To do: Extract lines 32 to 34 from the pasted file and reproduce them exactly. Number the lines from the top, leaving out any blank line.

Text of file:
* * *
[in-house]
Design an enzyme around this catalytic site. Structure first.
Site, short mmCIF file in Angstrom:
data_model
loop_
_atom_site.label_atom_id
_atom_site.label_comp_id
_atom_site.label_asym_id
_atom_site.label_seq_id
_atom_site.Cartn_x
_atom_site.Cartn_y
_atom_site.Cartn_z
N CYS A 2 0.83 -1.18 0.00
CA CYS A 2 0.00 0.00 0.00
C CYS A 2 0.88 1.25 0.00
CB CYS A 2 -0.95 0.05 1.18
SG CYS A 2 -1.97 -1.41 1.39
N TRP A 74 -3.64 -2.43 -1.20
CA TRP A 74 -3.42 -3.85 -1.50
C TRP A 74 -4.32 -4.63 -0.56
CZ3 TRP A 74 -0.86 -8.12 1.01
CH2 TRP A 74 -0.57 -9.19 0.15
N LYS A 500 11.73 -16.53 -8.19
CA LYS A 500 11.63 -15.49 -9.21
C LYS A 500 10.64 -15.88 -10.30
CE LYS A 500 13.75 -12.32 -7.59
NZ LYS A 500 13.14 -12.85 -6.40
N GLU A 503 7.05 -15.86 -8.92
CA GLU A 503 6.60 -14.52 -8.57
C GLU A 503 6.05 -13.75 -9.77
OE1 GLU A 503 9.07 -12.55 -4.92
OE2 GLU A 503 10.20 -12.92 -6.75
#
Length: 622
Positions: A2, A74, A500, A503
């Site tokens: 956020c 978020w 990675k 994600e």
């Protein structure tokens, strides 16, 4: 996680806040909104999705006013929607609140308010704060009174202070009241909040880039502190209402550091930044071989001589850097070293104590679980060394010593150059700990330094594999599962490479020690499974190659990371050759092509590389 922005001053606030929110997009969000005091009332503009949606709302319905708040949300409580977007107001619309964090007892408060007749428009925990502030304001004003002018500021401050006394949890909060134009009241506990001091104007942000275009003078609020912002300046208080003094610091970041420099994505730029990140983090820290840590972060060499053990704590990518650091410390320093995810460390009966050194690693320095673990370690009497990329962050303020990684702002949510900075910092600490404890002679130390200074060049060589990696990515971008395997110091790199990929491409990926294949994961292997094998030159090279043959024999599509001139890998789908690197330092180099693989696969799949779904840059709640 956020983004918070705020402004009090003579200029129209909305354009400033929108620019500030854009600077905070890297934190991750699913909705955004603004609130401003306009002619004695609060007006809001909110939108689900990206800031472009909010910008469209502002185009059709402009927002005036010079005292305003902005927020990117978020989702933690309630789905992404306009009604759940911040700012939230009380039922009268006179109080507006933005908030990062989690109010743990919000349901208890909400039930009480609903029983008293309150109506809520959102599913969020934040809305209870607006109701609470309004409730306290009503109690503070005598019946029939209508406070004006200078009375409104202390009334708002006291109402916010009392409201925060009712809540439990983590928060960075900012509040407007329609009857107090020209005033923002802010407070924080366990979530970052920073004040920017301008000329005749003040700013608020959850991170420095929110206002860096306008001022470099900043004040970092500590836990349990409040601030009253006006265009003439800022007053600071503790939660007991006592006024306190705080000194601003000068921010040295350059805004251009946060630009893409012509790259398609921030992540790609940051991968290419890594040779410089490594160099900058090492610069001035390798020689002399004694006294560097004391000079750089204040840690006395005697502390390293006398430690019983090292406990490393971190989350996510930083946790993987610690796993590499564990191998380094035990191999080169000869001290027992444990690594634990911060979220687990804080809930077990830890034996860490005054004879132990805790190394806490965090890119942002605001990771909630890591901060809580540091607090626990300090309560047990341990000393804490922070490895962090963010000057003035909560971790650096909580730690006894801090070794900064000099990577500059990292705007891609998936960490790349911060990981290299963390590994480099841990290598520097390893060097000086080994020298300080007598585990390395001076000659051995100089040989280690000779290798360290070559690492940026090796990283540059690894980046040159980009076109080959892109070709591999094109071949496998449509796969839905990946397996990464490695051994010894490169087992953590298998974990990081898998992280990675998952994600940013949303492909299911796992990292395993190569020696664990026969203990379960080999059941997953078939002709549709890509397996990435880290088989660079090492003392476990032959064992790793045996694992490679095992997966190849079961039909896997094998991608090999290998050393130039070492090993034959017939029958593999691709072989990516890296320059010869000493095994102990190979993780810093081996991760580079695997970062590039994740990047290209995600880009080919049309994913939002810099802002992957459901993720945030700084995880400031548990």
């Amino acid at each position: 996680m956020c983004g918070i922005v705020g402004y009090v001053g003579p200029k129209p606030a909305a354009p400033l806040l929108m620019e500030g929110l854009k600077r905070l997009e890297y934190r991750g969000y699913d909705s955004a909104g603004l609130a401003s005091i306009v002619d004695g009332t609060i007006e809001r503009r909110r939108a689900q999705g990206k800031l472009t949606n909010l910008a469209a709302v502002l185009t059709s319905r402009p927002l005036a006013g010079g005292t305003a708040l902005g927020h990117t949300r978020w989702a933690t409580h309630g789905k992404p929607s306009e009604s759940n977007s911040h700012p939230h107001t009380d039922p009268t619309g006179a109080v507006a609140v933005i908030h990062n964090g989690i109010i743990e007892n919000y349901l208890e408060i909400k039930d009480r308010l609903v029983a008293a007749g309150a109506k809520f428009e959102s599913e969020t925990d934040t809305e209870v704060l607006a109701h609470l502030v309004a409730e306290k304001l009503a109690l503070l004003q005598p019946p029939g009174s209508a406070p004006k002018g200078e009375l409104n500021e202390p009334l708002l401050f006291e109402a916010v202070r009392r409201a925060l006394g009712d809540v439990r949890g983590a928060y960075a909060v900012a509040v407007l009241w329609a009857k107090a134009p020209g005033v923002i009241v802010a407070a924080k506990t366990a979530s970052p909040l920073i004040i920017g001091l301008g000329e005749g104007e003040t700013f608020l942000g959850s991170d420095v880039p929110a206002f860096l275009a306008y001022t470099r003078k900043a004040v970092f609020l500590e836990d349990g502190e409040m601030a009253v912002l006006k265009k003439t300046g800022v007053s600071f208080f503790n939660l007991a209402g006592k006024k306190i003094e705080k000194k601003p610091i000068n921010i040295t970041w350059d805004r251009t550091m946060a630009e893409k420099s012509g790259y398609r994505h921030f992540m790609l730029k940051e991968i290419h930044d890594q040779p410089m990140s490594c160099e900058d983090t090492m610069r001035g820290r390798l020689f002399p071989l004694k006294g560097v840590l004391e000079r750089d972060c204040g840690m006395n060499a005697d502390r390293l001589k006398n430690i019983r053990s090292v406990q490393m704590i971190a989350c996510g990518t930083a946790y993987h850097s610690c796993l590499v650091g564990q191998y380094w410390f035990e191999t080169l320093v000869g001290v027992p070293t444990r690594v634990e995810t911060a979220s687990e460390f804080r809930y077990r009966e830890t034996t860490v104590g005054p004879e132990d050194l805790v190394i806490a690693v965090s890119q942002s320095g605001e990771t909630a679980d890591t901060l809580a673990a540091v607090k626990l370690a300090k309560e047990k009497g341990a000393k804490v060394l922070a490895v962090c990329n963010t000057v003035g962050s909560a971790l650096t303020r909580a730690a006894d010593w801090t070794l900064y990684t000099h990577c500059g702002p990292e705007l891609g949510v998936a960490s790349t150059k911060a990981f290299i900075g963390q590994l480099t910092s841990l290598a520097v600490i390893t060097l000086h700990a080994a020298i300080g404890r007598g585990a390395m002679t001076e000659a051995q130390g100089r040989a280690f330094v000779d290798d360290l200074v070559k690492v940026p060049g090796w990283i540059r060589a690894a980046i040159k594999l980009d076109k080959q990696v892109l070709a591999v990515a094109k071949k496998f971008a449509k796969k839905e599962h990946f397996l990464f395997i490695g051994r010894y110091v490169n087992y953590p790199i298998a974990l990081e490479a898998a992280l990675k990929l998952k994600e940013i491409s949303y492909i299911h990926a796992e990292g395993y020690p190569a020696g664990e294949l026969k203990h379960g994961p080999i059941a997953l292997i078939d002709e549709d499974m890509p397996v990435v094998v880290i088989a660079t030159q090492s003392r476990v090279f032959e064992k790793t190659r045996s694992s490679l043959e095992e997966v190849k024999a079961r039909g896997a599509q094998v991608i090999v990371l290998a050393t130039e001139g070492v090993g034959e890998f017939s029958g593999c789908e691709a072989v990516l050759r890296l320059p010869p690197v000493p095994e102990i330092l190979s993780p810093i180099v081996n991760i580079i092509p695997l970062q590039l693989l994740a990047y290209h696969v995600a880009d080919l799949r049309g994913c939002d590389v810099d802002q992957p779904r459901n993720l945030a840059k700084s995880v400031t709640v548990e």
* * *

OE2 GLU A 503 10.20 -12.92 -6.75
#
Length: 622